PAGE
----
Chaplain's Corner

Spiritual Impact of Being in Isolation

  • Larry Hirst, Author
  • Retired Chaplain, Bethesda Place

Have you ever gone to visit someone in the hospital and had to wear a gown and gloves, possibly even a mask, just to visit? This past year there was a lot of that at Bethesda Hospital.

One reason is that the person may be in isolation is because he/she is so immune compromised that the hospital is trying to protect them from catching anything from anyone who might come in to visit. This may often be the case with someone who is going through chemotherapy or when someone has an autoimmune disorder that compromises their ability to fight off the many germs that are all around us everyday.

Another reason, and this was the case at the hospital this last summer and fall, is that there is an outbreak of some antibiotic resistant germ in the hospital. When this is the case we gown and glove so that we don’t transfer the germs (spread through contact) from one patient to another.

Because this was something that has impacted us so much at Bethesda in the last year, I thought maybe it might be useful to reflect on the spiritual impact of this necessity. Whether we are aware or not, just about everything that impacts us physically also has a corresponding spiritual impact. So how would being a patient in a hospital room, in a situation where everyone who came into your room had to put on a gown and gloves, impact us spiritually?

Let’s not forget that spirituality is about far more than a person’s religious practice. Patricia Frain, a colleague of mine at the Health Sciences Hospital in Winnipeg, defines spirituality in this way: “Our longing to live meaningful and purposeful lives; our sense of relatedness and connection, our desire to live with trust and hope in an uncertain universe, and our desire to experience a sense of belonging to something greater than ourselves – Ultimate Mystery, God, the Divine, Oneness, the Unlimited, Nature, Life.” (Pat Frain – Health Science Hospital).

Reflecting on this definition, the area of spirituality that would be most impacted by spending time in isolation would be that second aspect, “our sense of relatedness and connection.”  That feeling of being untouchable created by being in isolation has a profound impact. I have seen some visitors come to the hospital, see that the person is in isolation and just turn and go home. The patient misses out on the relationship and connection to these visitors because the visitor is uncomfortable with the infection control procedures that require the wearing of a gown and glove.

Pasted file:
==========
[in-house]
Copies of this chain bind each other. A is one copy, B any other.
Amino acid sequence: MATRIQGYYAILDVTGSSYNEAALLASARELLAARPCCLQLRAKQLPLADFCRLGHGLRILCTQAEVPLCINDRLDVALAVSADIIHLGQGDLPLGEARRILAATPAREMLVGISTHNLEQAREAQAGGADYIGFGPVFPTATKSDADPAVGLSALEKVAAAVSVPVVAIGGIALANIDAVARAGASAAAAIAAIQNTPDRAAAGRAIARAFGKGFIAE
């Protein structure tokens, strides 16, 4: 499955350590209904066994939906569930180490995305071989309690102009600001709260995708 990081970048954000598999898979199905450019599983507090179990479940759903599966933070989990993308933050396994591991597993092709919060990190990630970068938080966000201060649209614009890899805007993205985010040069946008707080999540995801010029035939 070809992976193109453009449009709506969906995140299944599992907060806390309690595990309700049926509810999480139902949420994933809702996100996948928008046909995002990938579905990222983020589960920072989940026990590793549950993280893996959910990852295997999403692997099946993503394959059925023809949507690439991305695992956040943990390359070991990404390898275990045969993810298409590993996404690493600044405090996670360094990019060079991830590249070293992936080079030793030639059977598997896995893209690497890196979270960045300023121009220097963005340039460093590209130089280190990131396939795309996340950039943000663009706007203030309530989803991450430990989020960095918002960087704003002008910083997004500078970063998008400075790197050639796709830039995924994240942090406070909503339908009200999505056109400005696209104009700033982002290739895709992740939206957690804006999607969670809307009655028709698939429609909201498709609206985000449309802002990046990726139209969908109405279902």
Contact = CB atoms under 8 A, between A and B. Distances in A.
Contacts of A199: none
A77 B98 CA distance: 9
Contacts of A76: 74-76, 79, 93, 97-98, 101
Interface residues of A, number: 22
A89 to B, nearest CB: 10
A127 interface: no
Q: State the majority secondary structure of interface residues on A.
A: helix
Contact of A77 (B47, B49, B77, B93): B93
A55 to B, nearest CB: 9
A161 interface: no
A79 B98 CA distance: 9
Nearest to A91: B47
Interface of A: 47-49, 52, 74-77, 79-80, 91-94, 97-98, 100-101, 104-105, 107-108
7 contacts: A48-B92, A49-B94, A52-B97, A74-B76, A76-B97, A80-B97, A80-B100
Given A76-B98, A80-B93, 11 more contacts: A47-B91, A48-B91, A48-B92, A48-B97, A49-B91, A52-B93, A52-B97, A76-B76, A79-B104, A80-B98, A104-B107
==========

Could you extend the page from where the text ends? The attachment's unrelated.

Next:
But, those visitors who do come in, they are present, but differently present for they are behind this protective layer of a gown, gloves and possibly a mask. What do you think this “get up” communicates to the person in the bed? One of the first things it communicates to some is that there is something abnormally wrong with me. Another thing it may communicate is that there is something to be feared in this situation. The medical staff may have said something about a “superbug” or maybe they have said something about antibiotic resistant bacteria. To some, this could be quite frightening.

Certainly one of the first things we can to do lessen the spiritual impact of being in isolation in a hospital is to communicate in clear, easy to understand language exactly why the isolation is required and what it means to the patient’s well being. Like almost every other human interaction; good, clear, communication that is provided in a manner, both words and tone, that the listener will understand goes along way to easing anxiety.

Another spiritual issue that being in isolation may create is the absence or the diminishing of psychological/spiritual supports at a time when they are especially helpful. Most of us deal with short periods of isolation quite well, but things are different if you are sick and in the hospital. The hospitalization itself is stressful. A patient may not be aware of the stress, but the stress is there. Hospitalization increases personal vulnerability and increases in vulnerability create stress for most individuals. If the psychological/spiritual supports that can mitigate this sense of vulnerability are not fully available the person in isolation may experience the subtle and negative impact of stress.